Author Topic: Horn button polarity  (Read 370 times)

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Offline Bucky

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Horn button polarity
« on: August 28, 2017, 09:30:44 pm »
For convenience, wiring diagram
http://forum.cog-online.org/index.php?action=dlattach;topic=59969.0;attach=32367;image
Thank you charger_john

Doing a Stebel wiring job. Is the current passing through the stock horn button negative or positive?
I'm guessing negative, but the neg side changes color here and there. I don't do a lot of wiring diagram work.

Thank you.


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Offline Harry Martin

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Re: Horn button polarity
« Reply #1 on: August 28, 2017, 10:05:59 pm »
For convenience, wiring diagram
http://forum.cog-online.org/index.php?action=dlattach;topic=59969.0;attach=32367;image
Thank you charger_john

Doing a Stebel wiring job. Is the current passing through the stock horn button negative or positive?
I'm guessing negative, but the neg side changes color here and there. I don't do a lot of wiring diagram work.

Thank you.


Bucky,

The switch itself has no polarity. But, what it does is provide a path to ground. One side of the horns is hot, +12Vdc. Current flows from +12vdc, thru horns, then horn button where it waits for the horn button to be pushed. When pushed, current then travels through button to ground.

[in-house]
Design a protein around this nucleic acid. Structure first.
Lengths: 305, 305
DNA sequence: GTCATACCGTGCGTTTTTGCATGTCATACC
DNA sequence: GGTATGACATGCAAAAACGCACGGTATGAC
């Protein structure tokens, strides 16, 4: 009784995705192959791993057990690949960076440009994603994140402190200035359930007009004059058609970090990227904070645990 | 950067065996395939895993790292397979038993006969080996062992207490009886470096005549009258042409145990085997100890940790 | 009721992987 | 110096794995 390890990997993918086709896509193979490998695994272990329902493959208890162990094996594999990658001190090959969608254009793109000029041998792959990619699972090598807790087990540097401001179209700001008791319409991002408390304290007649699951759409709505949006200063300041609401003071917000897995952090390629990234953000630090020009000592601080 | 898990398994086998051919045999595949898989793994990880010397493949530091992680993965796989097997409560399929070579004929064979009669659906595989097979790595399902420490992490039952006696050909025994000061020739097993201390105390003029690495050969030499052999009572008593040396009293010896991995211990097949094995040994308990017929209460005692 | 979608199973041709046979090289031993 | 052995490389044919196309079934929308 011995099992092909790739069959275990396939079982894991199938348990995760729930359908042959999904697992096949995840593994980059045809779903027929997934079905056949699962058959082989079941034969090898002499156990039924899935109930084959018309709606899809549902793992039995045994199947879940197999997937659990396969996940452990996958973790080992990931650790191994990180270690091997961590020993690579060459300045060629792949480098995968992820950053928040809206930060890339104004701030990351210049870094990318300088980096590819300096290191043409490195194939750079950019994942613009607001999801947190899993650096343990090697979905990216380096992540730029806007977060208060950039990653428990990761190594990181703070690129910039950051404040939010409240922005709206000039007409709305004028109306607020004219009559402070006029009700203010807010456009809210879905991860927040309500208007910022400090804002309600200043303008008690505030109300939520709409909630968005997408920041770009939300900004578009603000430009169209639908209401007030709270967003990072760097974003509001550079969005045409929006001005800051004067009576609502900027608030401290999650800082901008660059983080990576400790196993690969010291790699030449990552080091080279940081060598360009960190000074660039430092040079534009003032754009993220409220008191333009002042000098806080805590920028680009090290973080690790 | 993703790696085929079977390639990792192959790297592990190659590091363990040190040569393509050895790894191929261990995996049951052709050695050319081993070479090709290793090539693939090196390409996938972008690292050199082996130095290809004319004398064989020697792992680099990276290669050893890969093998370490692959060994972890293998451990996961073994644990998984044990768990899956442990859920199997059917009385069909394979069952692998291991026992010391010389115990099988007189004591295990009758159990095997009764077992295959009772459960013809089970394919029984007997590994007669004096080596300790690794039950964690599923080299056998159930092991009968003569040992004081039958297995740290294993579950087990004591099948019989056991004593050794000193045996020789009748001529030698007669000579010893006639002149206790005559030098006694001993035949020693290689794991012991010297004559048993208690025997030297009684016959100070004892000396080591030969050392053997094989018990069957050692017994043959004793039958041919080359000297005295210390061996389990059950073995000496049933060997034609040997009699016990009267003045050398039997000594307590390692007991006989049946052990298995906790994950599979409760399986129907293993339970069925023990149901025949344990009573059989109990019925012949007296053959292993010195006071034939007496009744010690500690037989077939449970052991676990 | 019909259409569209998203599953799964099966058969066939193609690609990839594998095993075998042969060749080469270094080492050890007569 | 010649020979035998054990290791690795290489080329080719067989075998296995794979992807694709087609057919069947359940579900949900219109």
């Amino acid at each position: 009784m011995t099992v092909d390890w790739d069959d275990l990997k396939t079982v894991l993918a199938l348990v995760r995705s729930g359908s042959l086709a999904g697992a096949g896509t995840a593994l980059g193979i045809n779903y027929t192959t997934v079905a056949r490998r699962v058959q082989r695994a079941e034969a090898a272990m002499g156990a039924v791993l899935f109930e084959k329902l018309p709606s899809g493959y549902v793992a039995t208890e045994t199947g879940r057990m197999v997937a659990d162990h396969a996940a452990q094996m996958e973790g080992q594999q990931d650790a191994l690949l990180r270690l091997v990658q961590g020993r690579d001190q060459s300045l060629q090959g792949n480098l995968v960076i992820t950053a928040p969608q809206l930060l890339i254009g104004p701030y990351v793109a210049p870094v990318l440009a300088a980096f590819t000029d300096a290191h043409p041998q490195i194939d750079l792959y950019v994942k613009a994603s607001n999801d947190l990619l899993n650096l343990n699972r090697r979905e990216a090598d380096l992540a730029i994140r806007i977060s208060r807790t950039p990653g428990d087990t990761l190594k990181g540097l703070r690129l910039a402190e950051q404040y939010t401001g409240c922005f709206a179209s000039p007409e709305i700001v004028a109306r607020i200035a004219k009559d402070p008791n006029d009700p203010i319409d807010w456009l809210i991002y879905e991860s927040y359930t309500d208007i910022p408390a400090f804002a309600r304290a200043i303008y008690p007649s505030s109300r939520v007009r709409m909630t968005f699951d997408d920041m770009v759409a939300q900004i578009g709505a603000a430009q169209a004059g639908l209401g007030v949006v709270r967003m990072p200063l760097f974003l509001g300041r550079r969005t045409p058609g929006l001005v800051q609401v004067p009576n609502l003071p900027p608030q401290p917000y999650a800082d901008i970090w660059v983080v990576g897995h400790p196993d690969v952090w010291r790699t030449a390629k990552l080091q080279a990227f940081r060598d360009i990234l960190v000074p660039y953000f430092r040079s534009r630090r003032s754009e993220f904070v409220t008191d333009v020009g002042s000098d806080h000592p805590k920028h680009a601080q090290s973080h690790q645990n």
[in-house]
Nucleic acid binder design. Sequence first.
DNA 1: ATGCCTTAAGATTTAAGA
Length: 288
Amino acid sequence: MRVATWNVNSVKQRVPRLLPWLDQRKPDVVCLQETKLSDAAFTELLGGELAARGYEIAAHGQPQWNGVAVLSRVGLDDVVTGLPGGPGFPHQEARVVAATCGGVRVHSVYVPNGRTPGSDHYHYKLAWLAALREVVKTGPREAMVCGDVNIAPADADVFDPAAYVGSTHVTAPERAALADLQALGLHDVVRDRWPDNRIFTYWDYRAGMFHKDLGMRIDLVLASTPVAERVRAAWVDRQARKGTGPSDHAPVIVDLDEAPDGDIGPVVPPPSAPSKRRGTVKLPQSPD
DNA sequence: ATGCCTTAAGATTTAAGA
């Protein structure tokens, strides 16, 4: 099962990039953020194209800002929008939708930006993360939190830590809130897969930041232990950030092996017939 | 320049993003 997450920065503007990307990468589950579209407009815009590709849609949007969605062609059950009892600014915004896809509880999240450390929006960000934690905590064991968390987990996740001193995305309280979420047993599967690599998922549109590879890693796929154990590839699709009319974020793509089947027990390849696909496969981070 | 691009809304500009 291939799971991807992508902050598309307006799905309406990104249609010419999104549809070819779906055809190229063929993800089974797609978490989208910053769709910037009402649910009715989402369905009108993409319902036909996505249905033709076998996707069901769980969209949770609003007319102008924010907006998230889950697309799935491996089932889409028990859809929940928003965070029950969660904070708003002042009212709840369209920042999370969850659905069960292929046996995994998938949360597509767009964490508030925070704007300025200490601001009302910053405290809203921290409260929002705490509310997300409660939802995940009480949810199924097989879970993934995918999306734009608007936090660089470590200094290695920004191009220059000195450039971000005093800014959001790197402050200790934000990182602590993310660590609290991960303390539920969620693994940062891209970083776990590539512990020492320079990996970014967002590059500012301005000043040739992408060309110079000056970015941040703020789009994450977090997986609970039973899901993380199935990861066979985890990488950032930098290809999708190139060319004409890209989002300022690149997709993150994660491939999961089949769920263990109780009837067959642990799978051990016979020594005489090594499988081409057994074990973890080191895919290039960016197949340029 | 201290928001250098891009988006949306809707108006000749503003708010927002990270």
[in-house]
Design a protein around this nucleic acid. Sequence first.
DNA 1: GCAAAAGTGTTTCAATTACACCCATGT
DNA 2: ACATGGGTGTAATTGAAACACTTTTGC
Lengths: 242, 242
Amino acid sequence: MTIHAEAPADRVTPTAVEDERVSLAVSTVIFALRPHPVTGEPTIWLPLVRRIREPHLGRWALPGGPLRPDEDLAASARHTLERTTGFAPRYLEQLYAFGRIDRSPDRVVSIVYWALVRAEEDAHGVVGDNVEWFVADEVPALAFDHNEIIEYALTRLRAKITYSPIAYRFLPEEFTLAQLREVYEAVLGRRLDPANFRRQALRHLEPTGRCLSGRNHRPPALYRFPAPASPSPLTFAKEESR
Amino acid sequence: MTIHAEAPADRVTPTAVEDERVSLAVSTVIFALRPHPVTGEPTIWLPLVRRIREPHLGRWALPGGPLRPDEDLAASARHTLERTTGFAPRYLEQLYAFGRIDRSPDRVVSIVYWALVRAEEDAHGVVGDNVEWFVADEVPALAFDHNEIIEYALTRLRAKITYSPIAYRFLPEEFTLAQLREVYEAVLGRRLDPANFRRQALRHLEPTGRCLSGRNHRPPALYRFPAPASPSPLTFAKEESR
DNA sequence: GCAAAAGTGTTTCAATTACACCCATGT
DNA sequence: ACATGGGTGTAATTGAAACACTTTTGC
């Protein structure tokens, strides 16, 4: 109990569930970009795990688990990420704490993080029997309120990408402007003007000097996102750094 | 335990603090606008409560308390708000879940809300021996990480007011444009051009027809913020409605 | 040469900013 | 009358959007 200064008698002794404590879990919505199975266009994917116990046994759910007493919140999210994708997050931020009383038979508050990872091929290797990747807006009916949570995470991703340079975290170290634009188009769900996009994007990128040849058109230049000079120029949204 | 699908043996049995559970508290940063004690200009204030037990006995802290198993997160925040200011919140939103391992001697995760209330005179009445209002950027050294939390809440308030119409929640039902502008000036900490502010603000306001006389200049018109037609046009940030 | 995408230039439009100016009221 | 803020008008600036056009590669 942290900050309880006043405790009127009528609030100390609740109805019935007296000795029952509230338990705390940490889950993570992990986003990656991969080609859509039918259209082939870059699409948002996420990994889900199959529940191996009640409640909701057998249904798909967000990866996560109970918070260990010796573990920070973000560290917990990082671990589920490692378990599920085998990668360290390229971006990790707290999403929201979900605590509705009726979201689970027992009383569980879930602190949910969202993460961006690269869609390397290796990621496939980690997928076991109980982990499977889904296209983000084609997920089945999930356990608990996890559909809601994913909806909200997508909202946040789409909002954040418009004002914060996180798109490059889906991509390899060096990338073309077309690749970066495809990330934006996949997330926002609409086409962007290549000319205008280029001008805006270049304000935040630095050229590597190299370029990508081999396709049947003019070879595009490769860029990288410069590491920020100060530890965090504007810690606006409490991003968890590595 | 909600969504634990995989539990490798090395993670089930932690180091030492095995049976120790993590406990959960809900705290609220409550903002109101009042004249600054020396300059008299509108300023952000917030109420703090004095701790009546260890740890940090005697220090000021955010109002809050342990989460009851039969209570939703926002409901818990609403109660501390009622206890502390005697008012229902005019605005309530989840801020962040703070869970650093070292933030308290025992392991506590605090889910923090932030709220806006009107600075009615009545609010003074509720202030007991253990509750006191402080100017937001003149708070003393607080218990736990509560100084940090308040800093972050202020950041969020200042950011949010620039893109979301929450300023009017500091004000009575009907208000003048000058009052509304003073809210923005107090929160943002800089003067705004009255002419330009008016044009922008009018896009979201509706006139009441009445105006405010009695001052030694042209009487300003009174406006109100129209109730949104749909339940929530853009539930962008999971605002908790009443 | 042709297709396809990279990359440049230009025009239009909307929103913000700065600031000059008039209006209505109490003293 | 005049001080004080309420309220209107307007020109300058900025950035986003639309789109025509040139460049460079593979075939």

On my C10, the horn button eventually stopped working as too much current fried the button switch. I eventually rewired it so that the button actuated a relay to power on the horns. No more fried horn button.
Harry in Wild and Windy Casper, WY - 1986 Vintage "Silverdammit" - 2015 "Greendammit"

Offline Bucky

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Re: Horn button polarity
« Reply #2 on: August 28, 2017, 11:09:39 pm »
So I'm thinking with a negative ground vehicle, the current passing through the horn button would indeed be negative.

Stebel has two wiring diagrams for single horn installs - one for positive through the horn button, and another for negative through the horn button.

My current Stebel relay contacts and socket somehow got corroded, and I have another relay and harness on hand, so I'm going to do it over.

I brought home from work everything I need to wire the new unit
except...

MY VOM !!!  :-[ :-[ :-[

Thanks for the post


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Offline JimBob

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Re: Horn button polarity